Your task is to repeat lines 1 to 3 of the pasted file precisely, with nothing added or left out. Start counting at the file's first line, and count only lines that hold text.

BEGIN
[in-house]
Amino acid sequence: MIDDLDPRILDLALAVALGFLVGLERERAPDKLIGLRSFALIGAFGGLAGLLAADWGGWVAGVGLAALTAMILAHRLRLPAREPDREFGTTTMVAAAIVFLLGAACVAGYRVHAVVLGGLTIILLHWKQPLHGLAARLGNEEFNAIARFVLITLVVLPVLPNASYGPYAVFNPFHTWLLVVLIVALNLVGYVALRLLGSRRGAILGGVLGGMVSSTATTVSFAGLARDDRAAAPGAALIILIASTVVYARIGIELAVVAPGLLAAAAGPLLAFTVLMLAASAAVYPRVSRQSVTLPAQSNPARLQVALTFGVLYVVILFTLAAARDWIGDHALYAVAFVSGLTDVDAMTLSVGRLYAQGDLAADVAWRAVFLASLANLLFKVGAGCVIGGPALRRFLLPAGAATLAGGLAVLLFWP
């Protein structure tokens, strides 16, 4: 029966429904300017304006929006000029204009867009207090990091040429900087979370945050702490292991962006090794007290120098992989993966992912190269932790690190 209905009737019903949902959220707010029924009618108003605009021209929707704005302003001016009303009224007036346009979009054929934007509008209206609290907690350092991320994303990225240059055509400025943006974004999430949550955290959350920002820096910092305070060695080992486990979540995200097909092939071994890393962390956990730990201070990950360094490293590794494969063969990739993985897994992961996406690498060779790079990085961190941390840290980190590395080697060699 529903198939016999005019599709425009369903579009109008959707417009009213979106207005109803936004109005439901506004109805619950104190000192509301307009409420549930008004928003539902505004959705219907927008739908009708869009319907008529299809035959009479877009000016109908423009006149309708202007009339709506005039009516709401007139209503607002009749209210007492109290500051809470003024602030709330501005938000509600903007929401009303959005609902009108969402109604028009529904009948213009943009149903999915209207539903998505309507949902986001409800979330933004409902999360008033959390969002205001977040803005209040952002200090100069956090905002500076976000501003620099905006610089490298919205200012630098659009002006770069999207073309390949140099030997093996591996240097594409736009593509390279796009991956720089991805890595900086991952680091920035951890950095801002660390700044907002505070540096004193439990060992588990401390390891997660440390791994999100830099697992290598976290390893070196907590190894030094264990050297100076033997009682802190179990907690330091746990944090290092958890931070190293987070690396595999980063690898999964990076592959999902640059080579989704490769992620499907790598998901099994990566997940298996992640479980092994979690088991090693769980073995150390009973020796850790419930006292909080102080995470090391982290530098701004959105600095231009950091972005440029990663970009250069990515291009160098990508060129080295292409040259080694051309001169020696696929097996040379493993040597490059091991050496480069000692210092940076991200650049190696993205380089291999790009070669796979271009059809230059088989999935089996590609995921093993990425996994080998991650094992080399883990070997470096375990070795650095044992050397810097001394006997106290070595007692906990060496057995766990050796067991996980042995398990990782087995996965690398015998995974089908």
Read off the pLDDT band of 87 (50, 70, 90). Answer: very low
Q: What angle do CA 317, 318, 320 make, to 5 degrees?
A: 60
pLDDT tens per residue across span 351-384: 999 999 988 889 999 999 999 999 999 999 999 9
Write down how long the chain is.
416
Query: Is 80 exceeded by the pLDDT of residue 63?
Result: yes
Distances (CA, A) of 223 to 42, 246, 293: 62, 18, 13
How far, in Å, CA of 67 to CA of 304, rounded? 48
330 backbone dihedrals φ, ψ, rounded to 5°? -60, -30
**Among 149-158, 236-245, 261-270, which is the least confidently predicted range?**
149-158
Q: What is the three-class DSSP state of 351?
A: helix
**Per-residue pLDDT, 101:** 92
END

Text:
[in-house]
Amino acid sequence: MIDDLDPRILDLALAVALGFLVGLERERAPDKLIGLRSFALIGAFGGLAGLLAADWGGWVAGVGLAALTAMILAHRLRLPAREPDREFGTTTMVAAAIVFLLGAACVAGYRVHAVVLGGLTIILLHWKQPLHGLAARLGNEEFNAIARFVLITLVVLPVLPNASYGPYAVFNPFHTWLLVVLIVALNLVGYVALRLLGSRRGAILGGVLGGMVSSTATTVSFAGLARDDRAAAPGAALIILIASTVVYARIGIELAVVAPGLLAAAAGPLLAFTVLMLAASAAVYPRVSRQSVTLPAQSNPARLQVALTFGVLYVVILFTLAAARDWIGDHALYAVAFVSGLTDVDAMTLSVGRLYAQGDLAADVAWRAVFLASLANLLFKVGAGCVIGGPALRRFLLPAGAATLAGGLAVLLFWP
């Protein structure tokens, strides 16, 4: 029966429904300017304006929006000029204009867009207090990091040429900087979370945050702490292991962006090794007290120098992989993966992912190269932790690190 209905009737019903949902959220707010029924009618108003605009021209929707704005302003001016009303009224007036346009979009054929934007509008209206609290907690350092991320994303990225240059055509400025943006974004999430949550955290959350920002820096910092305070060695080992486990979540995200097909092939071994890393962390956990730990201070990950360094490293590794494969063969990739993985897994992961996406690498060779790079990085961190941390840290980190590395080697060699 529903198939016999005019599709425009369903579009109008959707417009009213979106207005109803936004109005439901506004109805619950104190000192509301307009409420549930008004928003539902505004959705219907927008739908009708869009319907008529299809035959009479877009000016109908423009006149309708202007009339709506005039009516709401007139209503607002009749209210007492109290500051809470003024602030709330501005938000509600903007929401009303959005609902009108969402109604028009529904009948213009943009149903999915209207539903998505309507949902986001409800979330933004409902999360008033959390969002205001977040803005209040952002200090100069956090905002500076976000501003620099905006610089490298919205200012630098659009002006770069999207073309390949140099030997093996591996240097594409736009593509390279796009991956720089991805890595900086991952680091920035951890950095801002660390700044907002505070540096004193439990060992588990401390390891997660440390791994999100830099697992290598976290390893070196907590190894030094264990050297100076033997009682802190179990907690330091746990944090290092958890931070190293987070690396595999980063690898999964990076592959999902640059080579989704490769992620499907790598998901099994990566997940298996992640479980092994979690088991090693769980073995150390009973020796850790419930006292909080102080995470090391982290530098701004959105600095231009950091972005440029990663970009250069990515291009160098990508060129080295292409040259080694051309001169020696696929097996040379493993040597490059091991050496480069000692210092940076991200650049190696993205380089291999790009070669796979271009059809230059088989999935089996590609995921093993990425996994080998991650094992080399883990070997470096375990070795650095044992050397810097001394006997106290070595007692906990060496057995766990050796067991996980042995398990990782087995996965690398015998995974089908």